According to another embodiment of the pres ent invention a device for efiecting a control operation by radio comprises an auxiliary receiver having a. power supply circuit thereto controlled by continuously operating timing mechanism whereby the auxiliary receiver is normally rendered intermittently operative for short periods and inoperative for longer periods in between the short periods, including a resonant relay fed by the auxiliary receiver and arranged to be energized during the occurrence of a received signal having modulation at a predetermined frequency to close the power supply circuit independently of the timing mechanism and to prepare a circuit for effecting the desired control operation and switching means operated by the timing mechanism at an instant when the receiver would normally be inoperative to close the last-mentioned circuit to effect the desired control operation only if the resonant relay has been maintained energized by an uninterrupted signal modulated at the predetermined frequency.

According to a further embodiment of the invention a device for effecting a control operation by radio comprises a relay actuated by an auxiliary receiver which is intermittently rendered operative for short periods and inoperative for longer periods in between the short periods, including means for altering the tuning of the auxiliary receiver during each operative period to a number of difierent incoming wave frequencies in succession, and means fed by said relay-receiver and adapted to be actuated by the presence of an incoming wave at any of the predetermined wave frequencies to cause the continuous operation of the auxiliary receiver at that particular frequency for the duration of the incoming signal and also to initiate the desired control operation. In order that the invention may be more readily understood it will now be described by way of example with reference to the accompanying drawings, wherein:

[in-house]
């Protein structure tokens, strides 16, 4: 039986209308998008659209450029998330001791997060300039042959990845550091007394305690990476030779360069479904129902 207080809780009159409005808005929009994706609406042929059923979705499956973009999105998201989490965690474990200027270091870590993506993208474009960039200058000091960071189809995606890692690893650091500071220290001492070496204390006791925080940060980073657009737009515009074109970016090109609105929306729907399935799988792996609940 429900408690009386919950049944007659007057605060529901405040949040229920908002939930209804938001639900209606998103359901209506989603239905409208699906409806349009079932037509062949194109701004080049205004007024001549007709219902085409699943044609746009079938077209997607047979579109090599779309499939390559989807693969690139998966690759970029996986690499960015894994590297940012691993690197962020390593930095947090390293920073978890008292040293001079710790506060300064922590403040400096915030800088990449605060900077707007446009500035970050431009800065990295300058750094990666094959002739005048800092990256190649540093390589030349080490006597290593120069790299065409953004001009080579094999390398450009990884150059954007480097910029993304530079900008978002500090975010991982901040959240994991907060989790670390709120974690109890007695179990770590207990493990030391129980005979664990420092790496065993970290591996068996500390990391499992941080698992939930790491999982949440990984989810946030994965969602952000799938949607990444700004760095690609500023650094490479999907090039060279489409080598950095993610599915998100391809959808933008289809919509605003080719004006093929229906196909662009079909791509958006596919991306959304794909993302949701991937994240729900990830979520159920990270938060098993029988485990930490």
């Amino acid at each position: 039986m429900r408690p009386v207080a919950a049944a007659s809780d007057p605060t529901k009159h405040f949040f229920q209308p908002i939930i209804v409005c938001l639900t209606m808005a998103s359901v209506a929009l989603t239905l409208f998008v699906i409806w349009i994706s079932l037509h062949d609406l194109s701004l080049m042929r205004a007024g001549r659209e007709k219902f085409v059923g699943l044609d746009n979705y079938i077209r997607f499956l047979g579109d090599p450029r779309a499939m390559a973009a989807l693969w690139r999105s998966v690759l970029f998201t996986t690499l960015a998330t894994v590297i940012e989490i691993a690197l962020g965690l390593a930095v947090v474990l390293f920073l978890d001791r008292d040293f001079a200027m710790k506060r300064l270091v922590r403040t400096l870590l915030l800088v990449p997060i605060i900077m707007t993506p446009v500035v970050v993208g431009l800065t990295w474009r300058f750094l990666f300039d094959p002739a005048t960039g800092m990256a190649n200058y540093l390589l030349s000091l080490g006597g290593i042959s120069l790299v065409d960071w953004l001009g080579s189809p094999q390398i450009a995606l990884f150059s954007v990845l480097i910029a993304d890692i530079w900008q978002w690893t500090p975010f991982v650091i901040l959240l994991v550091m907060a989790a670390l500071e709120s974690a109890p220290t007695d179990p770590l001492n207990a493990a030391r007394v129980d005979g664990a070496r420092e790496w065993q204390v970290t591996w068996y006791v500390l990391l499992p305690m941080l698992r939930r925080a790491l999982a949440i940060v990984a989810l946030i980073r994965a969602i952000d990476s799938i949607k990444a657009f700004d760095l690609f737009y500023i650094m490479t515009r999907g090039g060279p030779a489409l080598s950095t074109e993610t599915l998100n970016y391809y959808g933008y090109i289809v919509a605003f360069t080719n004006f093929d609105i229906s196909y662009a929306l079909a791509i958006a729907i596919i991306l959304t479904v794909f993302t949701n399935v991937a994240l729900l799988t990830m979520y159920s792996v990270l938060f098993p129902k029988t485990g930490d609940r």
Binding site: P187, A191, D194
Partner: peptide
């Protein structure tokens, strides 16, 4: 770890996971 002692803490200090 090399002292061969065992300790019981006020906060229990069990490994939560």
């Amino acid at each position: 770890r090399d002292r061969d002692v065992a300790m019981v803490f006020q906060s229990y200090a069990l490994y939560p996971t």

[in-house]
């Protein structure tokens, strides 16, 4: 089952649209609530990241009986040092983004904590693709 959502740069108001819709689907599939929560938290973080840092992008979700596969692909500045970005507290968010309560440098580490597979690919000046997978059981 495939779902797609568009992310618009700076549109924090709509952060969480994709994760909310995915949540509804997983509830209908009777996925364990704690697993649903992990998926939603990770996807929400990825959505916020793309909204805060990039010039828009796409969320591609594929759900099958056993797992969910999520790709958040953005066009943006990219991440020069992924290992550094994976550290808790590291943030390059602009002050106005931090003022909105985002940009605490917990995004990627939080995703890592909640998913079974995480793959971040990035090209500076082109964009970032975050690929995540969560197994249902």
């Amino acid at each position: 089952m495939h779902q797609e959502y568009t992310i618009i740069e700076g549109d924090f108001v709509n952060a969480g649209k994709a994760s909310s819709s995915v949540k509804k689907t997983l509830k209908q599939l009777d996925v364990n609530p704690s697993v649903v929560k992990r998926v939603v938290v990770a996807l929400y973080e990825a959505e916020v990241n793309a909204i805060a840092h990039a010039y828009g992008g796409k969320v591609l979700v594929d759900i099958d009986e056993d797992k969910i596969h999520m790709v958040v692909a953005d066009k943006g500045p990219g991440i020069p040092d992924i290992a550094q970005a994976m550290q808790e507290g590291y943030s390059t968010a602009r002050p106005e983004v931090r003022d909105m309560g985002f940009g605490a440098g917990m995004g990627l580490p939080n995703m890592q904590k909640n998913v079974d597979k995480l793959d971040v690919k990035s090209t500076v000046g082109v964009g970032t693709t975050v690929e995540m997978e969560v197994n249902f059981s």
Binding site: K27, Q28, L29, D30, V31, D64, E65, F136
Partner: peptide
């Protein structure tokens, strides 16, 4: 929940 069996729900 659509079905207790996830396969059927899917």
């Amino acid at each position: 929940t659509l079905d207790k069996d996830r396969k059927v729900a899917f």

Fig. l is an explanatory diagram showing the fundamental principle of intermittent energization and de-energization embodied in devices according to the present invention and shown as applied to the control of a radio receiver.

Fig. la is a circuit diagram of a modified control arrangement.

Fig. 2 is a circuit diagram of one form of auxiliary receiver.

Fig, 3 is a more detailed circuit diagram of a suitable auxiliary receiver arrangement for use in arrangements according to the present invention.

Fig. 4 is a circuit diagram of an actual embodiment of the invention; and